When Frank Miller finished The Dark Knight Returns and Dave Gibbons was riding the first wave of Watchmen appreciation back in the late 1980s, they met at San Diego Comicon, had a beer at the zoo, and decided that a collaboration between the two of them would probably conquer comics once and for all. The result was Give Me Liberty, a near-future story about America in its second civil war, focused around a young woman conscripted to fight for her half of the country. It’s a wonderful piece of social extrapolation, and as politically pertinent as ever with a divisive Republican President in office who regularly appears to be a caricature of himself.
Over the next 20 years, Miller and Gibbons return to the character and all her stories are contained in this book, including digitally-coloured versions of short stories and full reproductions of all the mini-series, right up to the finalé Martha Washington Dies.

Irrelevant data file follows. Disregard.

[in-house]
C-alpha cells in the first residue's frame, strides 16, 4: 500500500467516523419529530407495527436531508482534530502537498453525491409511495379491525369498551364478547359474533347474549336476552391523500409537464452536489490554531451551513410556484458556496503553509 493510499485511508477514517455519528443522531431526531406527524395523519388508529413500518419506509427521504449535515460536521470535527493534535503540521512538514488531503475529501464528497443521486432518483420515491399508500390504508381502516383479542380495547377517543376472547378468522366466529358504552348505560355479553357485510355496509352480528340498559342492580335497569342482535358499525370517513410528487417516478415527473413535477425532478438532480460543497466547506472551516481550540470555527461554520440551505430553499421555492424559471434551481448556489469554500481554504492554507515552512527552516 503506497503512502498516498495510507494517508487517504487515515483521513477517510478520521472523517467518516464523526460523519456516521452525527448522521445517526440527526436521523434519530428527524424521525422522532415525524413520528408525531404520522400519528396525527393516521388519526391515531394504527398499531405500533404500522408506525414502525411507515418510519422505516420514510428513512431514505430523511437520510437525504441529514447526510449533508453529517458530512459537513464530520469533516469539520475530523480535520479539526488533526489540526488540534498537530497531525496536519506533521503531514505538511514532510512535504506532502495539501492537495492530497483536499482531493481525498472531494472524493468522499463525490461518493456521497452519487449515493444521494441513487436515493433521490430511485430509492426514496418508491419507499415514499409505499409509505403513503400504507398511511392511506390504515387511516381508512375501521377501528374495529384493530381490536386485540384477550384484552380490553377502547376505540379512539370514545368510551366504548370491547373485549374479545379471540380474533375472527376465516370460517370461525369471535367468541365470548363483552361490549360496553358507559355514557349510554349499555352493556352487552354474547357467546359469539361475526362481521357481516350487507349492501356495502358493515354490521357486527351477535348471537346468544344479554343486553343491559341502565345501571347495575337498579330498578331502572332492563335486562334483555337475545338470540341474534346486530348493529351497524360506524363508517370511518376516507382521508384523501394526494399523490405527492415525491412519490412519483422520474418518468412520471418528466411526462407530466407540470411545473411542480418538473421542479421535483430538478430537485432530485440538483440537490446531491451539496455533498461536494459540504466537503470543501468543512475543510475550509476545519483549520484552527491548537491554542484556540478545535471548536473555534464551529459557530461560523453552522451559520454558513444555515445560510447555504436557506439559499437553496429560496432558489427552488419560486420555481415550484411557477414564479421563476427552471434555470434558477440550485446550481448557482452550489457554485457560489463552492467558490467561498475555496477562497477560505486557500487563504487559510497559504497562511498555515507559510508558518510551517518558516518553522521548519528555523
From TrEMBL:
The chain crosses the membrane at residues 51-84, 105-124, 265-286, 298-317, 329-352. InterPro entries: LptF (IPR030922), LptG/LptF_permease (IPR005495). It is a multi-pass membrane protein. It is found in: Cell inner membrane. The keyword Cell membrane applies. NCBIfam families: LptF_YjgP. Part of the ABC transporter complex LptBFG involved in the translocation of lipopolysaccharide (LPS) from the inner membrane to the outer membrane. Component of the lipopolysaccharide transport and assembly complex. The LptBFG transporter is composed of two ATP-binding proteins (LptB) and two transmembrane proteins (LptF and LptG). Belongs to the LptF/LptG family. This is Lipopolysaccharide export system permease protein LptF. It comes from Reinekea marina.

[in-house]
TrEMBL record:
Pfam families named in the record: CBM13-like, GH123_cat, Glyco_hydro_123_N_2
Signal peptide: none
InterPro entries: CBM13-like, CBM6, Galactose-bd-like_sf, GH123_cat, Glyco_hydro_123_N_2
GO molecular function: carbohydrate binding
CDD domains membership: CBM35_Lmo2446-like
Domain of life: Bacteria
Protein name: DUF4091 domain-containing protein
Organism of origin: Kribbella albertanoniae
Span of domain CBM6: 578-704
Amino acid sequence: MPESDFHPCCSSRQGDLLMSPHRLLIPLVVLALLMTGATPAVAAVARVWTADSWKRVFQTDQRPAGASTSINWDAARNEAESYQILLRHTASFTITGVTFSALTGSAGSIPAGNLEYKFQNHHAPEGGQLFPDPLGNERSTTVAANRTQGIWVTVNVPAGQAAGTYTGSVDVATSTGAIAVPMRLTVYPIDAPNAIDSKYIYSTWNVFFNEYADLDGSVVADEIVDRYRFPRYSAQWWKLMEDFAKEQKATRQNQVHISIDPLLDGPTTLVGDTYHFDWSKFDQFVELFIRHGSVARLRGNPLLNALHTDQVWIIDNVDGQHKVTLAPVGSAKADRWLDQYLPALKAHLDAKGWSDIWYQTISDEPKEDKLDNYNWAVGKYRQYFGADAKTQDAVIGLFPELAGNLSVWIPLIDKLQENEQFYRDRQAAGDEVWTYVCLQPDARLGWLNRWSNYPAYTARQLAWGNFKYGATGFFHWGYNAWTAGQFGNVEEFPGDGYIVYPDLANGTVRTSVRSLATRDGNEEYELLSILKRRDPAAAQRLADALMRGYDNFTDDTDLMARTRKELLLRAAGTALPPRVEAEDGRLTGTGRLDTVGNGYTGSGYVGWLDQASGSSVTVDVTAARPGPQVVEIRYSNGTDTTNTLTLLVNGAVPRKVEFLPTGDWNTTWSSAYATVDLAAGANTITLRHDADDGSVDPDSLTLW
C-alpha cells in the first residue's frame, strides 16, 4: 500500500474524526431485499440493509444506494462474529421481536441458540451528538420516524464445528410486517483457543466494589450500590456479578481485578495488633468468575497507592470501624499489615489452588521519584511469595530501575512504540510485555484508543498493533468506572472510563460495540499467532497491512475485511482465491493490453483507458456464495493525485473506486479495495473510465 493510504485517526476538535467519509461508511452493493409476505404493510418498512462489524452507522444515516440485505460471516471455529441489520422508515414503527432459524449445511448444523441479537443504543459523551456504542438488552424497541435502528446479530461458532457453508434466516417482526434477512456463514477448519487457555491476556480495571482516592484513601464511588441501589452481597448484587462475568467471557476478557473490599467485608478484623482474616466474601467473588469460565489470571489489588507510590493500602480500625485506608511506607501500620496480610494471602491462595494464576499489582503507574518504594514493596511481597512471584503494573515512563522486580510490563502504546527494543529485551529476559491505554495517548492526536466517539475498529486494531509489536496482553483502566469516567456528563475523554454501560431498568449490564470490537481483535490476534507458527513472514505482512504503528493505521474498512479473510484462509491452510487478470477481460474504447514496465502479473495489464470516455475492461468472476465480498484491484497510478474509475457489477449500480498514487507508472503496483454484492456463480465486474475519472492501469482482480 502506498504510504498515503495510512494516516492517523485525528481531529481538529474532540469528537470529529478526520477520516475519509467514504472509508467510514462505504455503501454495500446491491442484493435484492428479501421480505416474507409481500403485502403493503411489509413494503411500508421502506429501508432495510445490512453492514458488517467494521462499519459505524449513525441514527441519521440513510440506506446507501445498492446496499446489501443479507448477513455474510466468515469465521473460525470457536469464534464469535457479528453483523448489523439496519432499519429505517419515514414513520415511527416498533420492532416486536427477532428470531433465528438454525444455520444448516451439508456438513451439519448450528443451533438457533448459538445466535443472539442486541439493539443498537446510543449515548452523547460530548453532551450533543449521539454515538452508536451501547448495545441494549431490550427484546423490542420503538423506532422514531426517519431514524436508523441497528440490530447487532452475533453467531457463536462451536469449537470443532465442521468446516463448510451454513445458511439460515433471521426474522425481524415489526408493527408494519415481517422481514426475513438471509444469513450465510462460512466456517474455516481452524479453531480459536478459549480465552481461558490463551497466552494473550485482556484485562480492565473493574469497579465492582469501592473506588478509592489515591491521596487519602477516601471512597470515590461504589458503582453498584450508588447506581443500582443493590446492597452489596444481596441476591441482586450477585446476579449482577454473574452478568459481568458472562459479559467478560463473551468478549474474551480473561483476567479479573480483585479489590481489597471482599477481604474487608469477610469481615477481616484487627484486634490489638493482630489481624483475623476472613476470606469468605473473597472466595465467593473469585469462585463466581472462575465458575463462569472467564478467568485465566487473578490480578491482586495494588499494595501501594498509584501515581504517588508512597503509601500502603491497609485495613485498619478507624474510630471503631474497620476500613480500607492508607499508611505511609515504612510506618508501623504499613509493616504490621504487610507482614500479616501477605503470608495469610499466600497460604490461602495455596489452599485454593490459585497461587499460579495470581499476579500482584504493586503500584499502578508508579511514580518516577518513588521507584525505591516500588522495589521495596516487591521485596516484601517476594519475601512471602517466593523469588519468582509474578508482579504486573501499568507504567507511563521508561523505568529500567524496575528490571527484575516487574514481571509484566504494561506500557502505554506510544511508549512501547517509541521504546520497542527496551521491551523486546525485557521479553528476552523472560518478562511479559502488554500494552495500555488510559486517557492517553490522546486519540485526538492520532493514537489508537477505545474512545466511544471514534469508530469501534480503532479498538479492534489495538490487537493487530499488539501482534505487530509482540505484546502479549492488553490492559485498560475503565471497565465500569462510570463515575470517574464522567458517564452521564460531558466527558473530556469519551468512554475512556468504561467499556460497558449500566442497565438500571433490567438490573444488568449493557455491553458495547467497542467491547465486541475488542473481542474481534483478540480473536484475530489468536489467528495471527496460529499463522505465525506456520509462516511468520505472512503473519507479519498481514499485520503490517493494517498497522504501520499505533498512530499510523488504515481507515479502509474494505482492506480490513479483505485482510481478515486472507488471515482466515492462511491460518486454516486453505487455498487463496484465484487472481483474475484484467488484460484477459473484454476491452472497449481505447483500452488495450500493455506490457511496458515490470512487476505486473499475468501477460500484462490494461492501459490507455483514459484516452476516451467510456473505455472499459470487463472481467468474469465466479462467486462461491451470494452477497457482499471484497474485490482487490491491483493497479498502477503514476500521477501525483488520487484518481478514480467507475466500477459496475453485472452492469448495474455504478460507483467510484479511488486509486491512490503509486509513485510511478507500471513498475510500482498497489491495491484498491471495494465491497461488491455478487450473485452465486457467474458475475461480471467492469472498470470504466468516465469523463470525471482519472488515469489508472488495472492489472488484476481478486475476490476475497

However, there’s a feeling of diminishing returns about the stories as you read them that even Gibbons’ commentaries can’t hide. He tells the story of the relationship and the creative differences that forged Washington’s story, and it’s clear the result isn’t everything that was hoped for in that initial meeting. However, Miller’s half-cocked stories are still strong enough to blast many lesser writers out of the game; and Gibbons’s artwork, despite being spread over a transitional period of moving from pen and ink to digital processes, includes some iconic comic moments.